Twenty-five years from now, according to Max Posner’s new play “Judy,” there will be no more plays; cancer will be cured; cars will not need drivers; and couples will be able to arrange to die together on the same day.
Timothy’s parents died that way. Timothy and his wife Judy filed the necessary forms to make the same arrangements. But now they face a dilemma: The couple has broken up, but it’s not so easy to reverse the mutual death pact.
However tantalizing , this is not actually the premise of “Judy,” which is scheduled to run through September 26 at New Ohio Theatre. It is just a conceit that makes something of a cameo appearance.
Indeed, although the play is named for Timothy’s wife, who becomes his ex-wife, she is not even one of the six characters portrayed by the cast.
The mutual death pact that hangs over Timothy is just one of the many intriguing conceits that make cameo appearances in Posner’s play. Truth be told, the play is most interesting when absorbed as a collection of these undeveloped conceits, rather than followed for its accumulation of scenes in search of a plot.
Let’s pause here to point out that the playwright, Max Posner, is 26 years old, that “Judy” marks his New York debut, and that this is a production of Page 73, which for 18 years has been remarkably successful in its mission to identify and nurture “early-career playwrights,” many of whom have become New York literary stars. This playwright shows palpable promise, and his work, albeit in need of a dramaturg, is being showcased in an impressive production directed by Ken Rus Schmoll with a first-rate cast.
Posner has said that he came up with the idea for his play by imagining what he and his two sisters would be like when they were middle-aged. In “Judy,” Timothy (Danny Woloman) and his two sisters, Kris (Deirdre O’Connell) and Tara (Brigit Huppuch), spend a lot of time hanging out in their basements in front of their “System,” which is what the Internet has become in 2040. The siblings have plans, sometimes ambitious, more often vague, but these seem thwarted by regrets and inertia (making 2040 feel not much different from 2015.)
Timothy, the youngest, is trying to get over the break-up with his wife, and to be a good parent to his adopted 11-year-old daughter Eloise (Frenie Acoba.)
Tara is trying to start a new religion, which she has called the New Spirit, although she’s not sure she likes that name; she conducts services on Thursdays, “because, you know, we all grew up worshipping Higher Powers on Sundays, or not at all, and if we’re really to begin again, then it seems a new day is the best way.” (By “begin again,” are we meant to understand that everybody in 2040 has completely abandoned traditional religion? The entire New Spirit/new religion conceit is one of those throwaway lines in “Judy” that could be the seed for one of Posner’s next plays.) Tara has a husband that she shouts at through a closed door (we never see him.) She is also the mother of an adopted 14-year-old boy Kalvin (Luka Kain.)
The oldest sibling, Kris, lives by herself, with the memory 14 years earlier of a 9/11-like terrorist attack during yoga class that killed her then-boyfriend. She takes up with Markus (Marcel Spears), the much-younger techie that all three siblings use to fix the System. Their relationship comes closest to reaching at least subplot status — they have a couple of actual scenes together, rather than just some throwaway lines in passing — and is intriguing enough so that this too could be one of Posner’s next plays. (I may be biased here, though, because I can’t get enough of Deirdre O’Connell, a mesmerizing actress who’s been an indie theater fixture for thirty years — A Lie in the Mind, Circle Mirror Transformation, etc.)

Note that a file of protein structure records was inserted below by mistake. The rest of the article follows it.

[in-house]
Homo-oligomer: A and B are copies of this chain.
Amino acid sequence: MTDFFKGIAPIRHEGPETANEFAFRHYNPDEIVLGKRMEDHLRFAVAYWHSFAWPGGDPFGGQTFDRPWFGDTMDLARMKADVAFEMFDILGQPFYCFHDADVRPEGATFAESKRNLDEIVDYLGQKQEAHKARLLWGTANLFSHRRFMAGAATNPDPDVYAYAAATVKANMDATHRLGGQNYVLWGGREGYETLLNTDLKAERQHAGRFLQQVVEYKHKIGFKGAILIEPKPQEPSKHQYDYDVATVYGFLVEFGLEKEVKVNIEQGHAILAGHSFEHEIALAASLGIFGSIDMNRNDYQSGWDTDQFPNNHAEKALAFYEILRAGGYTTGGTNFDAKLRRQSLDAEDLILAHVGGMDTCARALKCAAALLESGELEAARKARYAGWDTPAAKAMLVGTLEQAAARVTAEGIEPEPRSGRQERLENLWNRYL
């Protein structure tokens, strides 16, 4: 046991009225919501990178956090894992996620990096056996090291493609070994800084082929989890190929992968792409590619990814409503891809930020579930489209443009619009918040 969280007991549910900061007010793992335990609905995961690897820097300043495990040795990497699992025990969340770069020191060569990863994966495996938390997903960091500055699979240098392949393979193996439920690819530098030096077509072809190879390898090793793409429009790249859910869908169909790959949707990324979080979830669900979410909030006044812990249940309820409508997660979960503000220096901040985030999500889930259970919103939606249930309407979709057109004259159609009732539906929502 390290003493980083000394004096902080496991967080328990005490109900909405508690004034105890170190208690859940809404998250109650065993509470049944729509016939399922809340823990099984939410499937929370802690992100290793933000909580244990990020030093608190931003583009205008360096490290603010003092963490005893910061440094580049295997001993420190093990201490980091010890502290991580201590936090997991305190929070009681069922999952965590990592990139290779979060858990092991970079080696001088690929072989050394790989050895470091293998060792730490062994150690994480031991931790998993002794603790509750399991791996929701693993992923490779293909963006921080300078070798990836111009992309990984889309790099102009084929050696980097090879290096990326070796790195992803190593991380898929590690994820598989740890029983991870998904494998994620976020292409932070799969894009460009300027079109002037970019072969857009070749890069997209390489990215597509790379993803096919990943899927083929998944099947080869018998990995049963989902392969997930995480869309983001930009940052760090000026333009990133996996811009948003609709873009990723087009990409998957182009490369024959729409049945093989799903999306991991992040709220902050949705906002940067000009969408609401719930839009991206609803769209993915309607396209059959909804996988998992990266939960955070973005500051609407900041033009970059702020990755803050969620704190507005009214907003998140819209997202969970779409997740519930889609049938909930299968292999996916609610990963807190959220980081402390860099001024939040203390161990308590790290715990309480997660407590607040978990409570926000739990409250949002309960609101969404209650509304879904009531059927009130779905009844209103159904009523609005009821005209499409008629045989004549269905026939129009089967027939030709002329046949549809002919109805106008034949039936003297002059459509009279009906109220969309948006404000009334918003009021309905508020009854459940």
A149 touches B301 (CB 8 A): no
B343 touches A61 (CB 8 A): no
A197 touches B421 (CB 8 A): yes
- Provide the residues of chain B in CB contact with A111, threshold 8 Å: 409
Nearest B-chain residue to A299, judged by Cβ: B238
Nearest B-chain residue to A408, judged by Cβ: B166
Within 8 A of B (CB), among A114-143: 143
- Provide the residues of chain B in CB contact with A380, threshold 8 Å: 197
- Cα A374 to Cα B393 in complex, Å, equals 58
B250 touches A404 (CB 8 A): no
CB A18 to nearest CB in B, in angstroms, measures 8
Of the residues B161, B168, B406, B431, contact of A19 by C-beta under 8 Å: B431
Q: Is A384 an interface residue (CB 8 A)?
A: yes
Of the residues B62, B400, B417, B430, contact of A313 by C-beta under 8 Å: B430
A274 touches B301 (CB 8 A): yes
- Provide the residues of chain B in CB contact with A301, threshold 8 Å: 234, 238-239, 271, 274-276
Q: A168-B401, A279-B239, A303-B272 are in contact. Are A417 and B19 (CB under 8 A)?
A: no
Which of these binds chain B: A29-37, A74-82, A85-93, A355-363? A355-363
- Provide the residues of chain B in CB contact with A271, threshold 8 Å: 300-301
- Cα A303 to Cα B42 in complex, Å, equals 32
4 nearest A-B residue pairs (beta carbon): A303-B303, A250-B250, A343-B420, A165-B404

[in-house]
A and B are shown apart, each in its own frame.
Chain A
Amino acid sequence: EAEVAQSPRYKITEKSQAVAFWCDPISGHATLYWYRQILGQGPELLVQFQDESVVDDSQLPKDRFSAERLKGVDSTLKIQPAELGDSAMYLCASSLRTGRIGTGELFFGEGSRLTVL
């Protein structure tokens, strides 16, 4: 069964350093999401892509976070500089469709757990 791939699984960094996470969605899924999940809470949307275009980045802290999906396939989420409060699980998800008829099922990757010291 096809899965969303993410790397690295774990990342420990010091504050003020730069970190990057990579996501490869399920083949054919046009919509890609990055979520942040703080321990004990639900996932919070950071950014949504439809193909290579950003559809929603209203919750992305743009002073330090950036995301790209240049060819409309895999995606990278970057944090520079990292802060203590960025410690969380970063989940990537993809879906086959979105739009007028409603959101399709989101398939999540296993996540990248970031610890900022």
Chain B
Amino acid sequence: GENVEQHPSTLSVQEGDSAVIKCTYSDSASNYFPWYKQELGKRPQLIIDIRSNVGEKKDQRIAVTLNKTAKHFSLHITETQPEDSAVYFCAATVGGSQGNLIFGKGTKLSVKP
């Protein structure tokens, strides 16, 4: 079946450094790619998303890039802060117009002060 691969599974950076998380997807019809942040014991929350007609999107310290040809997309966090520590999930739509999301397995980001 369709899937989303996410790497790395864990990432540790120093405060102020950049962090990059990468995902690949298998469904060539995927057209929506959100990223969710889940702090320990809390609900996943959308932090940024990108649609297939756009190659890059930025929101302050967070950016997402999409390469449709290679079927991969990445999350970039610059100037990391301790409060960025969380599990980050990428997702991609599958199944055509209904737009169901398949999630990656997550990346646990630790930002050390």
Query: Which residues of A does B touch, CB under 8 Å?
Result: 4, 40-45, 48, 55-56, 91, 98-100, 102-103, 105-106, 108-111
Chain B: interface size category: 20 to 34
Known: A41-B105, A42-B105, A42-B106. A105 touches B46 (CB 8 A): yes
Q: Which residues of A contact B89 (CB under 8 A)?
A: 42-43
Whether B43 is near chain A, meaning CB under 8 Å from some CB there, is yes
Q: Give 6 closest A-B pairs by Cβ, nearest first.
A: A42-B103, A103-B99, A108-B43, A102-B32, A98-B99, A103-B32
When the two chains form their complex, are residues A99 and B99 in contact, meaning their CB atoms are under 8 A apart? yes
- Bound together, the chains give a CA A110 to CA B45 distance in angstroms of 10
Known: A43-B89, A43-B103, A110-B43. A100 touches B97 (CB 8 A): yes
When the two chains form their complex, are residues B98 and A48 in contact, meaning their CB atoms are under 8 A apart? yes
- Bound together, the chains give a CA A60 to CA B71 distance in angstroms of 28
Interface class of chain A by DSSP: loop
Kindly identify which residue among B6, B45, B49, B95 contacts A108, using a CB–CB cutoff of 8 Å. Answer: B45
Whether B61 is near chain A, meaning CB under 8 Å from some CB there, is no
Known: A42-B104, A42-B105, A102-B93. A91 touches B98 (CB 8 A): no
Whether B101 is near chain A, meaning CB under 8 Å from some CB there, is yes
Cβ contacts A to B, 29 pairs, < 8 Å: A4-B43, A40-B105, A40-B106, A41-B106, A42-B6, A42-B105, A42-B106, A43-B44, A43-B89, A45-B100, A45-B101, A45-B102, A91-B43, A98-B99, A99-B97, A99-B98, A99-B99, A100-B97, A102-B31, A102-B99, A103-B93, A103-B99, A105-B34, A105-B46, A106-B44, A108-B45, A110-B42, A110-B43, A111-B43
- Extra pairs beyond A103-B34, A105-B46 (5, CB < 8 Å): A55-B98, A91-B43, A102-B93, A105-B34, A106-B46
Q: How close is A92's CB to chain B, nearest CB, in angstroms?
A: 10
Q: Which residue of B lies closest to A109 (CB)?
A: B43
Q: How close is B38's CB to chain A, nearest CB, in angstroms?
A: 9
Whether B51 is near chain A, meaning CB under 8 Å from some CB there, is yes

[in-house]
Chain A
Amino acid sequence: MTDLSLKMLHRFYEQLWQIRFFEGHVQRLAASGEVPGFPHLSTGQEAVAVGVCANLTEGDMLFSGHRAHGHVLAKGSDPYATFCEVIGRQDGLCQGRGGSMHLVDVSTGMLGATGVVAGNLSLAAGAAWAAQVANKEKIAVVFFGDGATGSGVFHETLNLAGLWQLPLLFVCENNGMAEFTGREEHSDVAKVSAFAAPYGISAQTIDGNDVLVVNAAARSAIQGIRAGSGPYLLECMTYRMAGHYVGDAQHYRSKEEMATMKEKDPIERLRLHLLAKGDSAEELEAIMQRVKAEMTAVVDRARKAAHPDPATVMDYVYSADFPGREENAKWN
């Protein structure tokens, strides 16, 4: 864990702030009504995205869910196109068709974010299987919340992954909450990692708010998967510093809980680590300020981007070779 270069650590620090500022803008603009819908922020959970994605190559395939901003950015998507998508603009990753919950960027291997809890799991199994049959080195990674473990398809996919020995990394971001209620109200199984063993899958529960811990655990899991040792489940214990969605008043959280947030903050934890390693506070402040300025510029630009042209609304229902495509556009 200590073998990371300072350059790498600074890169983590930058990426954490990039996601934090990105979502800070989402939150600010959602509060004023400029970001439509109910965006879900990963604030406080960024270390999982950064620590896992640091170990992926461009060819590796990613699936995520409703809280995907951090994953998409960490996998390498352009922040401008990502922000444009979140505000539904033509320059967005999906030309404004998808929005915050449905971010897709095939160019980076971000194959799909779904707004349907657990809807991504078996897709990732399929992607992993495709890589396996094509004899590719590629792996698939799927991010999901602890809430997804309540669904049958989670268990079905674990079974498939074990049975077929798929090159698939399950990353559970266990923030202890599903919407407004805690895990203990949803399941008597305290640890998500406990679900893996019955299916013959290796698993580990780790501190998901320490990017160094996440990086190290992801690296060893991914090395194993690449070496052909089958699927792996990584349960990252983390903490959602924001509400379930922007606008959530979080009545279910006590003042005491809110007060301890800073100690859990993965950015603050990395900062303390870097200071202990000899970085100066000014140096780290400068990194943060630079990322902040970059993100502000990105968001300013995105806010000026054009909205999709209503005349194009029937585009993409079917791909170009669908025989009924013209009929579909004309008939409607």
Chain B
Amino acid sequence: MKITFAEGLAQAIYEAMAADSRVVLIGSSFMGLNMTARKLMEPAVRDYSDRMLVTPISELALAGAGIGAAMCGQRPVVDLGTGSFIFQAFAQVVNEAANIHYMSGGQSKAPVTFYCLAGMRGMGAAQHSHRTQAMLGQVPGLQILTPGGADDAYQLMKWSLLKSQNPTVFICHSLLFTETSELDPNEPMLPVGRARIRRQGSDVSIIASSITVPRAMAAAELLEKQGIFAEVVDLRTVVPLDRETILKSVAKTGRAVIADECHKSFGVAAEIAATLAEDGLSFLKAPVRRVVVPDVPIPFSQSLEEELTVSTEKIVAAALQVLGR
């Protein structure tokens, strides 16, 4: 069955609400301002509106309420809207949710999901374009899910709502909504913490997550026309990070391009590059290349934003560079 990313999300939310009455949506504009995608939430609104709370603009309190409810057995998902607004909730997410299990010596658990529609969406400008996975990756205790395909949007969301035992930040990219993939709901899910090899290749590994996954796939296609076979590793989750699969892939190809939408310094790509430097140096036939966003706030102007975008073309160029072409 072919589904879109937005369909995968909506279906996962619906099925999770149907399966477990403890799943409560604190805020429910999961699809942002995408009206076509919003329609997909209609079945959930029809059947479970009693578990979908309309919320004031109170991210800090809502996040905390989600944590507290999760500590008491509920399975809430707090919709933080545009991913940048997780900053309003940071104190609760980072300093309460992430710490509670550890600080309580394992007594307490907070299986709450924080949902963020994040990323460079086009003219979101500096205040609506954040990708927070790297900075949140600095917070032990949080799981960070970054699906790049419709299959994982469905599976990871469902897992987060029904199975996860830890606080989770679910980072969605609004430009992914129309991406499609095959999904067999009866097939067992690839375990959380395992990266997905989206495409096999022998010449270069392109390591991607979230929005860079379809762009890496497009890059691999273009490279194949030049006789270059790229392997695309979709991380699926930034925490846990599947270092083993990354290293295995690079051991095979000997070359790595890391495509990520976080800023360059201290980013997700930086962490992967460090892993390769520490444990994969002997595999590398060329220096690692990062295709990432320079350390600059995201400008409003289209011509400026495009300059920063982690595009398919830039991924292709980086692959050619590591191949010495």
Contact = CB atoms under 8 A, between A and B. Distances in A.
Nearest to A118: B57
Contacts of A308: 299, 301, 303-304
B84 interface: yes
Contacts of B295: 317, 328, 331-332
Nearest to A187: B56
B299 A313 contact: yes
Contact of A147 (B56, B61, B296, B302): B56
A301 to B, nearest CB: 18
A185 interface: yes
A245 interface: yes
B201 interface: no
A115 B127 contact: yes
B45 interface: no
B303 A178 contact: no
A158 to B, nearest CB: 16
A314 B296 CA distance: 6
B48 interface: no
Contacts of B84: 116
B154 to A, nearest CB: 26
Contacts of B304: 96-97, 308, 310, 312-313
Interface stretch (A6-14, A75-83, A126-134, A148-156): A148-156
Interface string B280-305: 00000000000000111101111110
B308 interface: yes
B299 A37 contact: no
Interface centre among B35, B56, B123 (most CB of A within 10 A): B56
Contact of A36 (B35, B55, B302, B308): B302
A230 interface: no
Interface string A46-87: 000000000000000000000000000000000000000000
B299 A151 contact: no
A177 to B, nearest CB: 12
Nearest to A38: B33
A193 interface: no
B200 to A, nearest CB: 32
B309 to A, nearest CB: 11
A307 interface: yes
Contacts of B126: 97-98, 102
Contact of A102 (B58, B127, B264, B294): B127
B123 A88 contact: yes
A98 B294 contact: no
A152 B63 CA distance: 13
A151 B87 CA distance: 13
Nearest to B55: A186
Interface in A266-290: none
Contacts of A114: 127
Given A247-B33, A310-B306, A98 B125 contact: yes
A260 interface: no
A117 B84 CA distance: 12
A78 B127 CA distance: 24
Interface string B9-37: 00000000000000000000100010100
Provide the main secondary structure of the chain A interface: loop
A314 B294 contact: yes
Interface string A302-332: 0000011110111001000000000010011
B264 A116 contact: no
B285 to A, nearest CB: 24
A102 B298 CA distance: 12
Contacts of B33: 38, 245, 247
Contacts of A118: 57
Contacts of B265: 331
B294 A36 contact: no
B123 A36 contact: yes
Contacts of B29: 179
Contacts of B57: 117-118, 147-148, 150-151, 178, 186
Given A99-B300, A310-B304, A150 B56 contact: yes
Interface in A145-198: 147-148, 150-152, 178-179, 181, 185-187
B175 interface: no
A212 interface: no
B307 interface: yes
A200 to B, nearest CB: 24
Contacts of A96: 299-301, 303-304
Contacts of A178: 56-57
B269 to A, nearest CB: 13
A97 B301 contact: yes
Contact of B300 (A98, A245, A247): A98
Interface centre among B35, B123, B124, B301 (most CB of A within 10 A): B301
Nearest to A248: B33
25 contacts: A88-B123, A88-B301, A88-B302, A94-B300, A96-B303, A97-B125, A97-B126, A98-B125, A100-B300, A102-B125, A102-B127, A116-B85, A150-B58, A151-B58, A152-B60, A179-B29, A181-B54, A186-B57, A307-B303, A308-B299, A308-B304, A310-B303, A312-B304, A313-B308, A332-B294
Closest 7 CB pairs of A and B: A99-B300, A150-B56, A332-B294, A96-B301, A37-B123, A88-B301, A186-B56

Another promising dynamic is that between the two young cousins, who hold a couple of seances and, we find out obliquely, start pretending to be in a romantic relationship, which begins to seem indistinguishable from actually being in a romantic relationship. (The two actors are equal parts adorable and impressively professional.)
If there’s anything that unifies “Judy,” it’s the theme of the increasing difficulty that people have in communicating with one another, even as technology seems outwardly to be making communication easier. Posner brings this home effectively in various ways, including with humor. Timothy is extremely uncomfortable communicating with his daughter about her menstrual cycle, at one point pretending to be his (non-existent) twin brother, in order to try to communicate with her.
But theme alone is rarely enough to make a play cohere, and there is a random, rushed feel to the goings-on in the four scenes of “Judy,” which take place in the first four months of 2040. I wanted to linger. I also wanted to hear more about the special goggles that make homeless people disappear; and the mattresses that people can sleep inside of, not just on top of; and the new devices that measure how much time people interact with one another in person as opposed to via screen, and that break into percentages the main categories of that interaction (speaking, flirting, listening.) I wanted to hear more about Kalvin’s claim that “kissing hasn’t changed” and Kris’s counterclaim that it has – or was it Kris’s dead mother’s counterclaim, speaking through Kris? That could be one of Max Posner’s next plays.
New Ohio Theater
Written by Max Posner
Directed by Ken Rus Schmoll
Scenic design by Arnulfo Maldonaldo, lighting design by Eric Southern, sound design by Leah Gelpe, costume design by Jessica Pabst
Cast: Deirdre O’Connell, Birgit Huppuch, Danny Wolohan, Frenie Acoba, Luka Kain, and Marcel Spears.
Running time: 2 hours, including a 15 minute intermission.
Tickets: $15 to $40
Judy is scheduled to run through September 26, 2015